Chalef changeant

#1-2 from Series aen pchi shmayn

Participants include Myrna Adams, Vivian Manasc, Tiffany Shaw

This work was made with support from the Manitoba Arts Council, at Métis Crossing located on Treaty 6 territory — the traditional and ancestral territory of the Cree, Dene, Blackfoot, Saulteaux, and Nakota Sioux. I acknowledge that this territory is home to historic Métis Settlements and the Métis Nation of Alberta, Regions 1, 2 and 4 within the Homeland of the Métis Nation. These 2 works were made on River Lot 12 on the Fort Victoria Trail, the furthest point of the Carlton Trail, a historic Red River Cart trail that extends from North of Edmonton to South of Winnipeg. While researching the architecture and landscape in the area, I quickly learned that the Métis builders of the historic log cabins came from Manitoba where the Red River Frame construction motifs were formed. My relatives Andre Nault and Joseph Curé were prominent Red River Frame builders in Manitoba and particularly designed and built many homes, churches, and farm buildings in St. Pierre-Jolys.

The process of this work is centred on place-based knowledge and community. Cyanotypes are a historical art practice from biologist Anna Atkins, where she would place plants onto cyanotype chemical painted onto paper to become the first to document plants from a biological perspective. In Chalef Changeant I document the native plants along the North Saskatchewan River through harvesting clippings with my mother, Myrna Adams, Métis Architect Tiffany Shaw and Founder of Reimagine Architects Vivian Manasc. Tiffany and Vivian have worked with Métis Crossing for over 10 years through different buildings and projects across the entire property with Reimagine Architects.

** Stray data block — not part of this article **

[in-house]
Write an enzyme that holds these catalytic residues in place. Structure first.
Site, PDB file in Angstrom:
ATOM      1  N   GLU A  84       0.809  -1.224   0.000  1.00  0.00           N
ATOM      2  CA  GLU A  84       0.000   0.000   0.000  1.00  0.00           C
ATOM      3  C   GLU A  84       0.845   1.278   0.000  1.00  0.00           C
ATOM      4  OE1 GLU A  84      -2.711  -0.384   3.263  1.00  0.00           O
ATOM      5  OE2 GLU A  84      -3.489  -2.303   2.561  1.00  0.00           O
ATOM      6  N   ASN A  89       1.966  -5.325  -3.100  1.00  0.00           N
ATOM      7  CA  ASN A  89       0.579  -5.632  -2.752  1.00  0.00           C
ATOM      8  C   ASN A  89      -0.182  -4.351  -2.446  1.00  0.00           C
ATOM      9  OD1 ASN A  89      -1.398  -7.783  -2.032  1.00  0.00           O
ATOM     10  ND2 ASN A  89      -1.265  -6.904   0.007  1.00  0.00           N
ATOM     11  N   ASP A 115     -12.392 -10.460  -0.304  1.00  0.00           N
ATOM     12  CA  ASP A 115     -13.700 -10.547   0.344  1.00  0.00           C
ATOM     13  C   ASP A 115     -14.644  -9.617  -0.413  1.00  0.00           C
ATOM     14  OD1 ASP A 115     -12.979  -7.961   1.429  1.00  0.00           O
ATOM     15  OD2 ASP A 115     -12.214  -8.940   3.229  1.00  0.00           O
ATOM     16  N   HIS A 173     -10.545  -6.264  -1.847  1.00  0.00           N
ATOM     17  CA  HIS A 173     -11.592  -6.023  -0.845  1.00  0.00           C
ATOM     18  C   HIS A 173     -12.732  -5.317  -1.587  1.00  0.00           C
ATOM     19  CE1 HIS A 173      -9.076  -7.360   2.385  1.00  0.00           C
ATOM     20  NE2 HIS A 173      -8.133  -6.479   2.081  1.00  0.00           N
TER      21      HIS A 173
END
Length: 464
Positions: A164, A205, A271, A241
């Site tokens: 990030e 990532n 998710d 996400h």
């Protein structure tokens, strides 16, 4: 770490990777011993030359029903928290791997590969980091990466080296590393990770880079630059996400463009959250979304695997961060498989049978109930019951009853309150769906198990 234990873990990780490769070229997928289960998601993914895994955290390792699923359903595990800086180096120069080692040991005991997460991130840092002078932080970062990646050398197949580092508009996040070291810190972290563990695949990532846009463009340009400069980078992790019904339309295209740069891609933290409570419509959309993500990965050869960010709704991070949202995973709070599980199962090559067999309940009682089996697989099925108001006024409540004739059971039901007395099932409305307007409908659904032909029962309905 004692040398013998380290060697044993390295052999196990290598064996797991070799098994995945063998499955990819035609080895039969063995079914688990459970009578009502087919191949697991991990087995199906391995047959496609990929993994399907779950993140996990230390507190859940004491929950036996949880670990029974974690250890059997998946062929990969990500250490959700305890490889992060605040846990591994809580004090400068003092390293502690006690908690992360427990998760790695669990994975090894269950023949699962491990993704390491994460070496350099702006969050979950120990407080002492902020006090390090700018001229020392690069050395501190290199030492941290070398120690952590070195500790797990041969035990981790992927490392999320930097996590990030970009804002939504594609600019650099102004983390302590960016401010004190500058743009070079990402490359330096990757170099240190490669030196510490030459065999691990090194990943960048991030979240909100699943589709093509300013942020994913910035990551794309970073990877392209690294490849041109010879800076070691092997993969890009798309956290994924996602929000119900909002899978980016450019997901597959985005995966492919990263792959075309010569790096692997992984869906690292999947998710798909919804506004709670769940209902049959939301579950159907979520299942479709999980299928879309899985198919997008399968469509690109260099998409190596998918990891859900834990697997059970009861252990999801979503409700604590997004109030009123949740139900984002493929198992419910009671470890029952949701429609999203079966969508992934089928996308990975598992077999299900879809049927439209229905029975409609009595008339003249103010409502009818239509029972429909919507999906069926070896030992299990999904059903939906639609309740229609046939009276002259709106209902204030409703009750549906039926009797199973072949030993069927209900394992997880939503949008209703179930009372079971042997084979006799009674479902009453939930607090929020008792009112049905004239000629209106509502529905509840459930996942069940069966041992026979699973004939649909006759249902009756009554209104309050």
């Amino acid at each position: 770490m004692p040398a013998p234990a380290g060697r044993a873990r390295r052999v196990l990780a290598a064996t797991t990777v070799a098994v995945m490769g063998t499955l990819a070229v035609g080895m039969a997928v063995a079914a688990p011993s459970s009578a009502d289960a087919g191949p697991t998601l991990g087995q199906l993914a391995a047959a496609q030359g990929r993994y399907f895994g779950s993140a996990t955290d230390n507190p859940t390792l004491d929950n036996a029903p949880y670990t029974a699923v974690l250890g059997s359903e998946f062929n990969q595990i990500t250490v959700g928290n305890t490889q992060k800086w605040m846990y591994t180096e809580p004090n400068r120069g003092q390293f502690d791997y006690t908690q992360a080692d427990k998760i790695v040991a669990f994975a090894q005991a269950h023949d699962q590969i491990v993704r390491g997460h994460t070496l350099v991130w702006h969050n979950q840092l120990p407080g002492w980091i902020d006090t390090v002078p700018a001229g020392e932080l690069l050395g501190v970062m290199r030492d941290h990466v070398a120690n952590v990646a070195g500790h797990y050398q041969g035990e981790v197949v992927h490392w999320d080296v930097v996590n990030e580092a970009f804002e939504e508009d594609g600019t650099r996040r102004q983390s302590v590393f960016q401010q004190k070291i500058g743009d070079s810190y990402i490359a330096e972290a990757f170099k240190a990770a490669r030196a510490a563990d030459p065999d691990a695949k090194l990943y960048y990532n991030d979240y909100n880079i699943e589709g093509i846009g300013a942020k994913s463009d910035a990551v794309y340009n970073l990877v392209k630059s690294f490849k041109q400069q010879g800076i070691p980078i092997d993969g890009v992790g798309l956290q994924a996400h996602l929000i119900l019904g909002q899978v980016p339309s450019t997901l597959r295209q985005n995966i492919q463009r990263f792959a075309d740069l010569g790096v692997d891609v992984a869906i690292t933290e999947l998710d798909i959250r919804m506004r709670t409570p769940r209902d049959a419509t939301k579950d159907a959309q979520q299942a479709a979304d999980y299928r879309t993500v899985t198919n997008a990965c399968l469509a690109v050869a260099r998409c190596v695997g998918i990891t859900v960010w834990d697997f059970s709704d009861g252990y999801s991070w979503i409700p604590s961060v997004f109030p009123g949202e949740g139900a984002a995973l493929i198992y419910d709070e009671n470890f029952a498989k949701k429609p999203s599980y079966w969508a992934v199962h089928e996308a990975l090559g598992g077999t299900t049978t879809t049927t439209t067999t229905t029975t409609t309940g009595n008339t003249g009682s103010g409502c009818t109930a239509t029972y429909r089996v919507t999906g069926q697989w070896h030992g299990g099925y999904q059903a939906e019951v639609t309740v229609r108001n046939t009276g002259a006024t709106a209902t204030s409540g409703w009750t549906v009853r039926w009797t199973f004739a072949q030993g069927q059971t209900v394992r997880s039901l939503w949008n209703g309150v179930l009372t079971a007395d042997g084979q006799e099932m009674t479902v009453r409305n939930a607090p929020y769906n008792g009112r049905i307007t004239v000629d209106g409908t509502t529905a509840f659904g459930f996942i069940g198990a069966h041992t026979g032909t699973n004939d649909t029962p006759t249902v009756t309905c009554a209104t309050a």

This work was made alongside research while studying the historic and contemporary Métis architectural motifs in the area and along Red River Cart Trails across Canada. Documenting the plants and working with them with our hands, became a way for me to connect to the land and build relationship through tactility. This work exists alongside the shared conversations, shared meals, teachings from Elders and joyful conversations with community members, family and staff at Métis Crossing.

Maarsii to Elder Lily Rose, for sharing teachings from the land and her memories of placemaking in the home and garden.

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